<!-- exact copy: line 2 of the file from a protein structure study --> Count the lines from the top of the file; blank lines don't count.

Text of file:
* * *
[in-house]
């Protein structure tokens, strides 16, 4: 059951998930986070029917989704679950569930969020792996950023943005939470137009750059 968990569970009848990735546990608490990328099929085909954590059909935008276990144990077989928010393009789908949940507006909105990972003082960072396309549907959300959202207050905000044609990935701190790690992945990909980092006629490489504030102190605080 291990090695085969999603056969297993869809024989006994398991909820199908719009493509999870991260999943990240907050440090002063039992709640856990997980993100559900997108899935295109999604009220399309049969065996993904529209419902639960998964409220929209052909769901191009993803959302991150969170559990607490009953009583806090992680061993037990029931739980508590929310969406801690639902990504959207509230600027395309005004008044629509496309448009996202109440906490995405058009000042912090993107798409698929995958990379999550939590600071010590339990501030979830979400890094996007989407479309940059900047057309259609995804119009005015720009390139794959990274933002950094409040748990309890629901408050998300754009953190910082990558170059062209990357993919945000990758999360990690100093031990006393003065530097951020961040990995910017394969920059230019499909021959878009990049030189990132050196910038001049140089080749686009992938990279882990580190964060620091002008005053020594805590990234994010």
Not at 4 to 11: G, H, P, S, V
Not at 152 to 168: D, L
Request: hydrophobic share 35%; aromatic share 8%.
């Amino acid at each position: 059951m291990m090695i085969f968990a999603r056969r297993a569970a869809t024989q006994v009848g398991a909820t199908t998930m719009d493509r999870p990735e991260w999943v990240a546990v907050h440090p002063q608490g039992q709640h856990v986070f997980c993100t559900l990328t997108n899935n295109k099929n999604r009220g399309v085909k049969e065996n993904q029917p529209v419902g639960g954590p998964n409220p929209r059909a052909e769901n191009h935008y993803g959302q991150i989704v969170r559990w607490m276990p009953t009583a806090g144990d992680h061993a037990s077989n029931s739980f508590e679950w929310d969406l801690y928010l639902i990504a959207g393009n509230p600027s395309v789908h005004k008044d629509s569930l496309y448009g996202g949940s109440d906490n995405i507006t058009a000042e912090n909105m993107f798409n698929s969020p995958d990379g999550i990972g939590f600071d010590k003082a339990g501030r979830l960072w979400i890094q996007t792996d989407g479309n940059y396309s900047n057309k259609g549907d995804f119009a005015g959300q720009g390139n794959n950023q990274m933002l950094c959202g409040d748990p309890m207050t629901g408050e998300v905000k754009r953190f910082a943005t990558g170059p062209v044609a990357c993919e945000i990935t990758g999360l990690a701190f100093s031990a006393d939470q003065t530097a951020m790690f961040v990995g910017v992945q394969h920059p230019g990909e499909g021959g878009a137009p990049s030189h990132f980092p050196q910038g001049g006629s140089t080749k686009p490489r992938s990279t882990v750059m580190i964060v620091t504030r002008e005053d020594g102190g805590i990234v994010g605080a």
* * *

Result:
């Protein structure tokens, strides 16, 4: 059951998930986070029917989704679950569930969020792996950023943005939470137009750059 968990569970009848990735546990608490990328099929085909954590059909935008276990144990077989928010393009789908949940507006909105990972003082960072396309549907959300959202207050905000044609990935701190790690992945990909980092006629490489504030102190605080 291990090695085969999603056969297993869809024989006994398991909820199908719009493509999870991260999943990240907050440090002063039992709640856990997980993100559900997108899935295109999604009220399309049969065996993904529209419902639960998964409220929209052909769901191009993803959302991150969170559990607490009953009583806090992680061993037990029931739980508590929310969406801690639902990504959207509230600027395309005004008044629509496309448009996202109440906490995405058009000042912090993107798409698929995958990379999550939590600071010590339990501030979830979400890094996007989407479309940059900047057309259609995804119009005015720009390139794959990274933002950094409040748990309890629901408050998300754009953190910082990558170059062209990357993919945000990758999360990690100093031990006393003065530097951020961040990995910017394969920059230019499909021959878009990049030189990132050196910038001049140089080749686009992938990279882990580190964060620091002008005053020594805590990234994010």